On August 3, 1492 Columbus left the town of Huelva Palos de la Frontera, with the first expedition that resulted in the so-called discovery of America. Many Andalusians participated in the expedition that would end the Middle Ages and signal the beginning of modernity. Contacts between the Spanish and America, including maintenance of the colonies until the end of the colonial period, came almost exclusively through Andalusia. The reason for the importance of Andalusia is that all traffic to the new continent became, in reality, an Andalusian monopoly. This was an era of splendor and boom for the region, which became the wealthiest and most cosmopolitan of Spain and one of the most influential worldwide.

Administrative divisions

Province Capital Population Density Municipalities
Almeríamarker Almeríamarker 635,850 72.5 hab./km² Municipalities
Cádizmarker Cádizmarker 1,180,817 158.8 hab./km² Municipalities
Córdobamarker Córdobamarker 788,287 72.4 hab./km² Municipalities
Granadamarker Granadamarker 882,184 68.7 hab./km² Municipalities
Huelvamarker Huelvamarker 483,792 47.7 hab./km² Municipalities
Jaénmarker Jaénmarker 662,751 49.1 hab./km² Municipalities
Málagamarker Málagamarker 1,491,287 204.1 hab./km² Municipalities
Sevillemarker Sevillemarker 1,813,908 129.2 hab./km² Municipalities

A map of the provinces of Andalusia.

Other important Andalusian cities are:


Andalusia is traditionally an agricultural area, but the service sector (particularly tourism, retail sales, and transportation) now predominates. The construction sector, now growing very quickly, also makes an important contribution to the region’s economic fabric. The industrial sector is less developed than in other regions in Spain. As of early 2008, the regional economy is experiencing sustained growth.

According to the Spanish Instituto Nacional de Estadística, the GDP per capita of Andalusia (€17,401; 2006) is still the second lowest in Spain. At the same time, the economic growth rate for the 2000-2006 period was 3.72%, one of the highest in the country.

Andalusia, a chameleonic region steeped in history, tradition, art and culture, is one of the world's up-and-coming MICE destinations. For whatever the event being planned, there is a staggering variety of impeccable venues, from luxury convention and meeting hotels, spas and state-of-the-art conference and congress centres, marinas and golf complexes to medieval castles, Baroque palaces, haciendas, wineries and botanical gardens.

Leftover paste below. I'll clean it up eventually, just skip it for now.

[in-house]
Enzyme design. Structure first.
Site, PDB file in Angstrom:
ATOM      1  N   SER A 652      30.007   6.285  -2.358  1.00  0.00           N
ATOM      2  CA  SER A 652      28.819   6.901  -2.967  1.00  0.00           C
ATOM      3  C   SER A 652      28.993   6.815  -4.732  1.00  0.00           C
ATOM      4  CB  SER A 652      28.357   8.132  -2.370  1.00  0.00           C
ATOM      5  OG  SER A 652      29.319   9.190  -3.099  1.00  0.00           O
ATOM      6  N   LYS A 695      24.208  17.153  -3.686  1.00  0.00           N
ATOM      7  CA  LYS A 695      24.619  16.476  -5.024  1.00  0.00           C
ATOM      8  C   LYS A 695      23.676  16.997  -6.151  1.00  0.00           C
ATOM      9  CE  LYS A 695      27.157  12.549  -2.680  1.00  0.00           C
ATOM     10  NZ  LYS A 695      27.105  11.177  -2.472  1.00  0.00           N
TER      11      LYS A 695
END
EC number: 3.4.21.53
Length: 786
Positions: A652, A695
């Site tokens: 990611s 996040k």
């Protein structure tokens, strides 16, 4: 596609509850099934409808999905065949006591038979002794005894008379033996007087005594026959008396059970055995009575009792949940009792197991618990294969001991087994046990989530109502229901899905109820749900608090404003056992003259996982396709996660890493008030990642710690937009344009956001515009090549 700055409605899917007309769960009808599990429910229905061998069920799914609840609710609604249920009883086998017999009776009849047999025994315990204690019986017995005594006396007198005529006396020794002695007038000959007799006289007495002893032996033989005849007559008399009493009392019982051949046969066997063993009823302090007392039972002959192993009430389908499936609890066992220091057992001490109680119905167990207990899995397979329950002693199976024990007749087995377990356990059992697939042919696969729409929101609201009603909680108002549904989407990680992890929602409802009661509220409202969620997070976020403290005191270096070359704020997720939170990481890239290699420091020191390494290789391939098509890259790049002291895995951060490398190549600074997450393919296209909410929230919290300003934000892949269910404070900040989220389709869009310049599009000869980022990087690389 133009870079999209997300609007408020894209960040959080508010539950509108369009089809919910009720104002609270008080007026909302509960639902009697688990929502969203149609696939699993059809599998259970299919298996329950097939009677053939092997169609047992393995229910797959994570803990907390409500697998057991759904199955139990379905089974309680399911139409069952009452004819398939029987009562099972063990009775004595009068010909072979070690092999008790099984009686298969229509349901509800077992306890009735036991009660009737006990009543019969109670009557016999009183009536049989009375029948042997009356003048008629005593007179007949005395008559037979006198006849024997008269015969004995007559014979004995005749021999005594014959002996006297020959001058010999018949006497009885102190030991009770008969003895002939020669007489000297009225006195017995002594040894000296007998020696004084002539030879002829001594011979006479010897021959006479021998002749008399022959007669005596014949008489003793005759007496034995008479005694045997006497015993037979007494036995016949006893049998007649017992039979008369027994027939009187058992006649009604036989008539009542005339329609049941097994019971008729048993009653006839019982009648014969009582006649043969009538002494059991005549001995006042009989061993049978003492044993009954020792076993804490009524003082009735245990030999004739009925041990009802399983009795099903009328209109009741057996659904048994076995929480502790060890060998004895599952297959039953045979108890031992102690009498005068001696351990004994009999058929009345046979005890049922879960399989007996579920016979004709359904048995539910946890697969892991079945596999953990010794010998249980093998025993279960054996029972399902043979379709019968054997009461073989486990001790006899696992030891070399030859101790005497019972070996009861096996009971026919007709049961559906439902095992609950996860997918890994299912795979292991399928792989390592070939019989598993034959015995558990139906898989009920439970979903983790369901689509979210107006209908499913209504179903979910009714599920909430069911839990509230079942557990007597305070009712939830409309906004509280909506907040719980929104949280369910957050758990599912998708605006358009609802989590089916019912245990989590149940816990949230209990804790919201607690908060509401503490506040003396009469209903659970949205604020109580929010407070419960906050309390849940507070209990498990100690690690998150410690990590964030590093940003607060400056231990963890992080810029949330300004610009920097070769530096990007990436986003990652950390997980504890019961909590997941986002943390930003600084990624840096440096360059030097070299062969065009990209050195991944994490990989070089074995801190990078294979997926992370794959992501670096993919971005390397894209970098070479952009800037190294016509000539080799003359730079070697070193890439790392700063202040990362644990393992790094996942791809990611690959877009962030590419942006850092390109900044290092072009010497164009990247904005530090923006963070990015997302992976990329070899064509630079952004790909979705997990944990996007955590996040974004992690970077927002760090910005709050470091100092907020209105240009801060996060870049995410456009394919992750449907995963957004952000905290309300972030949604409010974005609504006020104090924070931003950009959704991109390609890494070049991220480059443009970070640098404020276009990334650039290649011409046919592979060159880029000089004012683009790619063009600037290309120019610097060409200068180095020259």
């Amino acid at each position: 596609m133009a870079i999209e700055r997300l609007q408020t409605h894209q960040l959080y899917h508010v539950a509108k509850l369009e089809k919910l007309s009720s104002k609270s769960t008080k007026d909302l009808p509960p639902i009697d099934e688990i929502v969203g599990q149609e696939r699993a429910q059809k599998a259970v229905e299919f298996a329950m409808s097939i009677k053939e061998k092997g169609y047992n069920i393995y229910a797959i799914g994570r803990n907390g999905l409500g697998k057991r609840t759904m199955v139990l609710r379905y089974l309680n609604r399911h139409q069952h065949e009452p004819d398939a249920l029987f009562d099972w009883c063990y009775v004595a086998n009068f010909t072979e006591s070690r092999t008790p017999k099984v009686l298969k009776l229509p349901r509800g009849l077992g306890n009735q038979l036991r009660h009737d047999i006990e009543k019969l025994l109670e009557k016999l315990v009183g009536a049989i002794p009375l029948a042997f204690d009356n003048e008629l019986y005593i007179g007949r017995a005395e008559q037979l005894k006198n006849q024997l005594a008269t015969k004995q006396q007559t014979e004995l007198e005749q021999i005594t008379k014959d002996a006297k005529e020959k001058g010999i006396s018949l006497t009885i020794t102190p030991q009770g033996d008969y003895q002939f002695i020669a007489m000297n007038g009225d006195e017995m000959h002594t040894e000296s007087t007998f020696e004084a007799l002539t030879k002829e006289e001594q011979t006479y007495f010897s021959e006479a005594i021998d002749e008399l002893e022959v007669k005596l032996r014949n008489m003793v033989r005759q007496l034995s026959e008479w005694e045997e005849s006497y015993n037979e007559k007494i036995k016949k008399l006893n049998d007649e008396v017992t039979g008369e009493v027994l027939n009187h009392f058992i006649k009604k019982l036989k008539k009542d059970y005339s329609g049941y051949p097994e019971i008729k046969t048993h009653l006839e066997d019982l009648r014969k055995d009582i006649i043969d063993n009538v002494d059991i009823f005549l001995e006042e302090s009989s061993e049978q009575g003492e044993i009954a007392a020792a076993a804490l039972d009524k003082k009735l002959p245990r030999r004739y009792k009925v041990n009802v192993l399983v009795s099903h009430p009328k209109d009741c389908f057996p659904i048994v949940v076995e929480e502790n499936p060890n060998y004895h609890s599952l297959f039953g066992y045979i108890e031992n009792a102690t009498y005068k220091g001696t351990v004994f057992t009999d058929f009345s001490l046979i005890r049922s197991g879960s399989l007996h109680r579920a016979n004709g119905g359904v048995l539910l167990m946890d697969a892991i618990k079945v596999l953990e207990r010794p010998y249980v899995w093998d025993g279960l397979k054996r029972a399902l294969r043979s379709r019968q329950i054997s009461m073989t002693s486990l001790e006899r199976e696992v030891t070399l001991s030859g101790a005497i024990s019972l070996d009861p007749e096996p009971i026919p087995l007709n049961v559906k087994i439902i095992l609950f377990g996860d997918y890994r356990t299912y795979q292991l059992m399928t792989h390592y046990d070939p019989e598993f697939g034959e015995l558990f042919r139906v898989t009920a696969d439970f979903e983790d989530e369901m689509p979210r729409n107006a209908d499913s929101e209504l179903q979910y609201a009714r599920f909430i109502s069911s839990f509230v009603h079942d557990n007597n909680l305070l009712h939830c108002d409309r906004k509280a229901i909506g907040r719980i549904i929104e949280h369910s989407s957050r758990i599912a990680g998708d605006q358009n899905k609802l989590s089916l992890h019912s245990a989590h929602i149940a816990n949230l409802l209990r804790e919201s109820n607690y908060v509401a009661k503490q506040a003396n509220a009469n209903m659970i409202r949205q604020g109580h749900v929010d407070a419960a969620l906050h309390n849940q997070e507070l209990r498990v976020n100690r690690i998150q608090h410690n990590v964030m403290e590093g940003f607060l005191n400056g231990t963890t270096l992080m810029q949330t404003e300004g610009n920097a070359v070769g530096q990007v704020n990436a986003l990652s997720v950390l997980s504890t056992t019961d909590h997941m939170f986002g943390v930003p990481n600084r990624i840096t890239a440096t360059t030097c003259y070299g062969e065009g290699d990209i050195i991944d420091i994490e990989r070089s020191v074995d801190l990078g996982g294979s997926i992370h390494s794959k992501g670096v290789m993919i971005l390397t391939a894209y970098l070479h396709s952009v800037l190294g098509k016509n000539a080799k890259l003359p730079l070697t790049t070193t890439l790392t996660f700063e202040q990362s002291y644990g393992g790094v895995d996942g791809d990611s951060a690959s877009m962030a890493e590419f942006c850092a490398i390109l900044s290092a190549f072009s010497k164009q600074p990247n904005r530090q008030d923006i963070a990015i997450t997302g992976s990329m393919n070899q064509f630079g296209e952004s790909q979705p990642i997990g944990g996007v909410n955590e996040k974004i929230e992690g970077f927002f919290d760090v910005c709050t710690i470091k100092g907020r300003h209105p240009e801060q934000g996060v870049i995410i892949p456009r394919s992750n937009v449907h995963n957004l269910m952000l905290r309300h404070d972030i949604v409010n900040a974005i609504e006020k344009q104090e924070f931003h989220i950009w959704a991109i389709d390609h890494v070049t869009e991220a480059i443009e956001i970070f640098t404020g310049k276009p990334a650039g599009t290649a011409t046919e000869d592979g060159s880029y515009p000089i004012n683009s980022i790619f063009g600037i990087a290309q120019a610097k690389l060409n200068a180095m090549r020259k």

Transport and commerce

The main road in the region is the European Route E15, and other main roads to go through Andalusia.

Three cities (Córdoba, Málagamarker and Sevillemarker) have a connection between them and Madrid over the high speed train (AVE), and the rest of the network is under construction.

Málaga Airport is the international airport of Andalusia, accounting for 85 percent of its international traffic. It is the only one that can offer a wide variety of international destinations.

The airport has a daily link with twenty cities in Spainmarker and over a hundred cities in Europe (mainly in United Kingdommarker, Central Europe and the Nordic countries but also the main cities of Eastern Europe: Moscowmarker, Saint Petersburgmarker , Sofiamarker, Rigamarker or Bucharestmarker), North Africa, Middle East (Riyadhmarker, Jeddahmarker and Kuwaitmarker) and Northern America (New Yorkmarker, Torontomarker and Montrealmarker).

The main ports are Algeciras (for freight and container traffic) and Málaga for cruise ships.

Government and politics

The Autonomous Community of Andalusia is administrated through the "Junta de Andalucía" and is one of the four historic regions of Spain. It has a local parliament and president. The chief of state for Spain is King Juan Carlos de Borbon y Borbon.

Tourism in Andalusia

Due in part to the relatively mild winter and spring climate, the south of Spain is somewhat legendary for its attraction to overseas visitors – especially tourists from Northern Europe. While inland areas such as Jaénmarker, Córdobamarker and the hill villages and towns remain in part untouched by the throngs of tourists, the coastal areas of Andalusia are heavy with visitors for much of the year.


Native or famous people from Andalusia

See also


External links